The Three Cs of Lending: Cash Flow, Character, and Collateral

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The “three Cs of lending” is a system that banks and other lending institutions use to determine the creditworthiness of potential borrowers. The system typically measures the three characteristics of a client and the loan’s conditions in an attempt to estimate the likelihood of a credit default. This technique of assessing the borrower takes into account both qualitative and quantitative measures. It is imperative to understand the basic criteria for personal debts, commercial credit, or bank loans for educational or other reasons as well as the role they play in meeting your financial needs.

1. Cash Flow

Your cash flow shows how much of the money you make remains with you upon debt repayment and expenses. A Cash Flow Projection demonstrates your income and expenditure looking forward into the future. Thus, cash flow of an individual eventually defines their capacity to repay a loan. Consequently, a lender looks at the cash flow of a borrower to determine their capability to pay back the loan.

While anyone can look at their cash flow for a very short period, such as a month, a quarter, or a year, you must know that most lenders want to take into account cash flows that are projected at least three years ahead into the future. Some businesses take cash flow as earnings before amortization, depreciation, and interest and call it a pro forma projection.

Banks and other lending organizations use cash flow as a financial tool to gauge whether a company is able enough to meet the regular monthly debt payments. Thereby, they ask for their cash flow statement to obtain a ratio usually known as a minimum-debt-service-coverage (minimum DSC) ratio requirement. The ration helps them see whether a business has enough cash coming in every month from its profits after debt repayment and expenses. Different lenders use different ways to calculate DSC ratios. However, the rule of thumb is to maintain a 1.2-1.25 DSC ratio.

2. Character

In terms of lending, character is also known as credit history, which is the most important of the three Cs. This is because it determines a borrower’s overall reputation by taking into account all track records of repaying debts. The shareholders who will guarantee the debt and the management of a company eventually all come under effective scrutiny in order to figure out whether they are dependable and will certainly pay back the owed money. Consequently, the lender will often take into consideration the credit history of a company owner as well to assess their honesty and reliability. Thereby, consideration regarding owners may also include:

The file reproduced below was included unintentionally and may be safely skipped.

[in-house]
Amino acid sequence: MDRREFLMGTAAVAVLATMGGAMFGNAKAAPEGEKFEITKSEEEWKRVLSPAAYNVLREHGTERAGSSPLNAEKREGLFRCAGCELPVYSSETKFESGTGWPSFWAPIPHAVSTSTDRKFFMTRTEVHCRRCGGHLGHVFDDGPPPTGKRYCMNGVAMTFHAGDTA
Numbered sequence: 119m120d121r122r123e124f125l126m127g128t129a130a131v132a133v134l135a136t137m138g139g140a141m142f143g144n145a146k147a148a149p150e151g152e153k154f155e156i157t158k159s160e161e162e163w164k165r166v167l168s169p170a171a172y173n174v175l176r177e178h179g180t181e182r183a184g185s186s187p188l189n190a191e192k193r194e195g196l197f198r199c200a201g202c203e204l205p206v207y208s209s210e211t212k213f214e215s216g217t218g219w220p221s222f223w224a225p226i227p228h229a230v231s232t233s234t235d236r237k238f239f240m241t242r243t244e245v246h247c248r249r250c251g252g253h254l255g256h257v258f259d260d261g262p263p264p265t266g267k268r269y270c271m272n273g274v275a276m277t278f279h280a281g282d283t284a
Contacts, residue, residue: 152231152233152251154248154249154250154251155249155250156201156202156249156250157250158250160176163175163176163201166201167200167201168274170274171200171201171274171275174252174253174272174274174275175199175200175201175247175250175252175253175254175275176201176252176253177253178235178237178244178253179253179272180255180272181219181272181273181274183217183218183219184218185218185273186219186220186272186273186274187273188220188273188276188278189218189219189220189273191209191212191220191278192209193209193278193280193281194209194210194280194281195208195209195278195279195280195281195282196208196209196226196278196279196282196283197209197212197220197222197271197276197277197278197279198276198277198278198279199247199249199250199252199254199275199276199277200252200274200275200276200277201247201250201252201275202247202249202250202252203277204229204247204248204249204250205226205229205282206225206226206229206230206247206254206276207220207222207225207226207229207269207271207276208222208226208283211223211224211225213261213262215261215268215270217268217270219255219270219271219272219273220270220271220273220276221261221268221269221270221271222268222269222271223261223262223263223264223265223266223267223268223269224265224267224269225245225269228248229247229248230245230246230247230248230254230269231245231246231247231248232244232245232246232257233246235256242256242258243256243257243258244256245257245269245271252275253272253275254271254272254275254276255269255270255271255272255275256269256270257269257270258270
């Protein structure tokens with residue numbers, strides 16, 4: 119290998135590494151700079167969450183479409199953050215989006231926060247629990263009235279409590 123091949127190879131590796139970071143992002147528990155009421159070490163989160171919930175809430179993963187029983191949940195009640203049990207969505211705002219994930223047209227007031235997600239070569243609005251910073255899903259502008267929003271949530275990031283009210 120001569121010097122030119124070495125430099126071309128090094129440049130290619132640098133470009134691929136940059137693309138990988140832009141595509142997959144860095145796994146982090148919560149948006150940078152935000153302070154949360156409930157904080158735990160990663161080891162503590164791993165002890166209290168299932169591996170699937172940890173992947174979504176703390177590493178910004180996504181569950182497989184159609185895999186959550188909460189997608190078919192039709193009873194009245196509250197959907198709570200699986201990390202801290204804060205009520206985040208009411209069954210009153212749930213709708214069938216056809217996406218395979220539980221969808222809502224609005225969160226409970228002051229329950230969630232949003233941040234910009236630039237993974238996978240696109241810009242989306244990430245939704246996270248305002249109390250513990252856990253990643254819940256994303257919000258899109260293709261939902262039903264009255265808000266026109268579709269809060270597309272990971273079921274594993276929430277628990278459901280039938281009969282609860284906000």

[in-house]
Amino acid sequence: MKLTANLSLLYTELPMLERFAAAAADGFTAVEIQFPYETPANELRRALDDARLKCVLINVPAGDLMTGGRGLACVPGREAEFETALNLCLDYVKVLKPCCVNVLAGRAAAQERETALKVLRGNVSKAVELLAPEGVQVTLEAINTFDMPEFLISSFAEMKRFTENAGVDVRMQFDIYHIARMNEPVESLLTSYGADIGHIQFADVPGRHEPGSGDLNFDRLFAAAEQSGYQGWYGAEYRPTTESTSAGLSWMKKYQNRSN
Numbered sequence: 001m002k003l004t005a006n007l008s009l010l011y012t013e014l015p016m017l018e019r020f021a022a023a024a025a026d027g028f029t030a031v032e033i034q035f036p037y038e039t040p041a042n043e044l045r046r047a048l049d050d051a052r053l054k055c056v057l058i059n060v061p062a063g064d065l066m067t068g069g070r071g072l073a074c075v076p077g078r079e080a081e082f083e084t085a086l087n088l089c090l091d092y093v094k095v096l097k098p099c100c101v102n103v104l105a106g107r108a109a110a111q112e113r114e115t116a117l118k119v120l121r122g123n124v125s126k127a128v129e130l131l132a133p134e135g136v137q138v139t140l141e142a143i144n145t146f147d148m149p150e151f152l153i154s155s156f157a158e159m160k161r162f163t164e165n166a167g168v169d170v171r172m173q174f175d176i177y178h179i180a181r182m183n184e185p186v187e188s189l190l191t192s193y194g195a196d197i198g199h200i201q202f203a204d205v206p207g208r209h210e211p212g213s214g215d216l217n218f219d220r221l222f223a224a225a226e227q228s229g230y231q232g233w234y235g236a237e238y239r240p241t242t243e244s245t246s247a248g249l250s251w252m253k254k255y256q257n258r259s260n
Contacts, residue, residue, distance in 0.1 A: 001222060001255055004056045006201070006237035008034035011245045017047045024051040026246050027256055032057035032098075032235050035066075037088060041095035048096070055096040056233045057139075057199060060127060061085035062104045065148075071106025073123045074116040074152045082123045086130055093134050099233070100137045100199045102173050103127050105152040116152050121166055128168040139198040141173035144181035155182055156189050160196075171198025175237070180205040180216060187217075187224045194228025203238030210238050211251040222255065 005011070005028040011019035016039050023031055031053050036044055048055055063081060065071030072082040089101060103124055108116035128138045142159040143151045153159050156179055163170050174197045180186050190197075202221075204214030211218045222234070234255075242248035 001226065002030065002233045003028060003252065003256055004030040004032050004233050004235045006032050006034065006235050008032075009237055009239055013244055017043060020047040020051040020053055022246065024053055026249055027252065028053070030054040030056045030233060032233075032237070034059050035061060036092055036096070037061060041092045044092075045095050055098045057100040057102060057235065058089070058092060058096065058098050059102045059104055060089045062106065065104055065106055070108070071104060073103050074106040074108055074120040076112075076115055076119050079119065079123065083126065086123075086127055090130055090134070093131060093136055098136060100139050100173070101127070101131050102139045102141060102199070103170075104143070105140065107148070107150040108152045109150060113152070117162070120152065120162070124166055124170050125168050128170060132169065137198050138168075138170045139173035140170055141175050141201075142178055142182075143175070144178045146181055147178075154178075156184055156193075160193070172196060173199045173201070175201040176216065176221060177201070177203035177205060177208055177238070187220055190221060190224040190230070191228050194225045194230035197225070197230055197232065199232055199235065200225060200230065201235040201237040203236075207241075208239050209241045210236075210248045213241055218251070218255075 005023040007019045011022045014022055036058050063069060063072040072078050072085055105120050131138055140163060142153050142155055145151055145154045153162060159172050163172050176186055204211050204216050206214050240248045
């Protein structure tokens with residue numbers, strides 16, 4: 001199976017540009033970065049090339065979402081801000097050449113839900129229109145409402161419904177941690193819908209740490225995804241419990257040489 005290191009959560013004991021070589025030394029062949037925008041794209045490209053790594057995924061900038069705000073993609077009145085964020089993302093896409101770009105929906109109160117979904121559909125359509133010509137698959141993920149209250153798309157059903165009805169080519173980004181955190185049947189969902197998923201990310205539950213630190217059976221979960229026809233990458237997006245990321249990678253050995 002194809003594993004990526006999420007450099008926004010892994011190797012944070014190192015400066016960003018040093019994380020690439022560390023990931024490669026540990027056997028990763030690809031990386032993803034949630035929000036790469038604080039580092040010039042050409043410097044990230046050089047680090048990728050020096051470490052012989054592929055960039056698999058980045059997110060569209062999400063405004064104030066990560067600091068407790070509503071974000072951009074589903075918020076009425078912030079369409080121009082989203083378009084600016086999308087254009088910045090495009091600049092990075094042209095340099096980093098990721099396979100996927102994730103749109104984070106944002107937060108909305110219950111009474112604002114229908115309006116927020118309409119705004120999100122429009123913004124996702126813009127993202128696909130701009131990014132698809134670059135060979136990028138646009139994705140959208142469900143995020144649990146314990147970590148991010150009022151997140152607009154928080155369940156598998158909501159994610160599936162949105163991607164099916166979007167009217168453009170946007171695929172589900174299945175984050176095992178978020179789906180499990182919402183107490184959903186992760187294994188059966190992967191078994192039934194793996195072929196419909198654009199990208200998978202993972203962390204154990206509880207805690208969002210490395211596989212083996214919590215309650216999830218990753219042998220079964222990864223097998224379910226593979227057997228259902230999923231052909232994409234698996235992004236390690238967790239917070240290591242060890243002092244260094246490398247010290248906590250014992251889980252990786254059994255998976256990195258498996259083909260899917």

• Whether or not they have utilized credit before
  • Whether or not they pay their bills on time
  • How long they have been in business
  • How long they have resided at their respective postal addresses
  • What professional, entrepreneurial, or other positions they had before initiating the business

When ascertaining the character of the borrower, lending institutions might also consider the creditworthiness of the key principals of a business. This score is numeric, usually ranging from 300-850, derived from the borrower’s bookkeeping and financial information in their credit report. Lower scores give a red signal, while high scores typically accompany a lower risk. Although every lender has their unique standards, most of them utilize credit scores in order to guide them in the evaluation process.

3. Collateral

Inventory, real estate, accounts receivable, equipment, and savings are all of the asset classes of a business and fall under the broad umbrella of collateral. It can help you secure a loan. Here, the lending institution is concerned only with collateral or assets that give the lender assurance that they can repossess the collateral in case the borrower defaults on the debt. Consequently, the assets can be collected or sold to generate required funds to pay the loan in the event of the borrower’s insolvency. Commercial lenders take into consideration the loan-to-value ratio which is similar to homeowners’ debts or residential loans. Collateral is especially valuable for private lenders. When you want to use a property to be considered as collateral, its quality, location, and adaptability are essential features your prospective lender will take into account. In most cases, lenders simply want the debt amount to be an amount surpassed by the borrower’s collateral.

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